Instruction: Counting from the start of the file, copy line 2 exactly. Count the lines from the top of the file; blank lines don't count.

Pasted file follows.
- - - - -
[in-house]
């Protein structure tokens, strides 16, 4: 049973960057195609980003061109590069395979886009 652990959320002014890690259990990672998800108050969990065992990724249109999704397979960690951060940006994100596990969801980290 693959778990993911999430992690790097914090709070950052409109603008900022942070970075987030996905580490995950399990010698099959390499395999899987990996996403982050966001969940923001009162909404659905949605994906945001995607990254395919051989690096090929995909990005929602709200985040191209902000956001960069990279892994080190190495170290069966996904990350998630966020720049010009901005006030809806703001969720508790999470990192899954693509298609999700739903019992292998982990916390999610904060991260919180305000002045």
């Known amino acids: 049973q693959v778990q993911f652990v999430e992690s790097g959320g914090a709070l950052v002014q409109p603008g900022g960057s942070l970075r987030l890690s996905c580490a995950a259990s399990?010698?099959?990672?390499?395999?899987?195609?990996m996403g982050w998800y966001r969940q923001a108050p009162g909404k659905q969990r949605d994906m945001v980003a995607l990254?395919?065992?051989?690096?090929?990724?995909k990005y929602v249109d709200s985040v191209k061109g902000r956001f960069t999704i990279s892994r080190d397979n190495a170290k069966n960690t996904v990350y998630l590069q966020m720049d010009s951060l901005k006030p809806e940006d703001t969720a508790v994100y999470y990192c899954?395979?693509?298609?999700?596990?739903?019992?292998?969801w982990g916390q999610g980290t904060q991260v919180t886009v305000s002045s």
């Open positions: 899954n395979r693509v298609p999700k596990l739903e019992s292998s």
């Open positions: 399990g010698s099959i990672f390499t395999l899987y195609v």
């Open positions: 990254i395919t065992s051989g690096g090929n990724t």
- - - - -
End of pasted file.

């Protein structure tokens, strides 16, 4: 049973960057195609980003061109590069395979886009 652990959320002014890690259990990672998800108050969990065992990724249109999704397979960690951060940006994100596990969801980290 693959778990993911999430992690790097914090709070950052409109603008900022942070970075987030996905580490995950399990010698099959390499395999899987990996996403982050966001969940923001009162909404659905949605994906945001995607990254395919051989690096090929995909990005929602709200985040191209902000956001960069990279892994080190190495170290069966996904990350998630966020720049010009901005006030809806703001969720508790999470990192899954693509298609999700739903019992292998982990916390999610904060991260919180305000002045």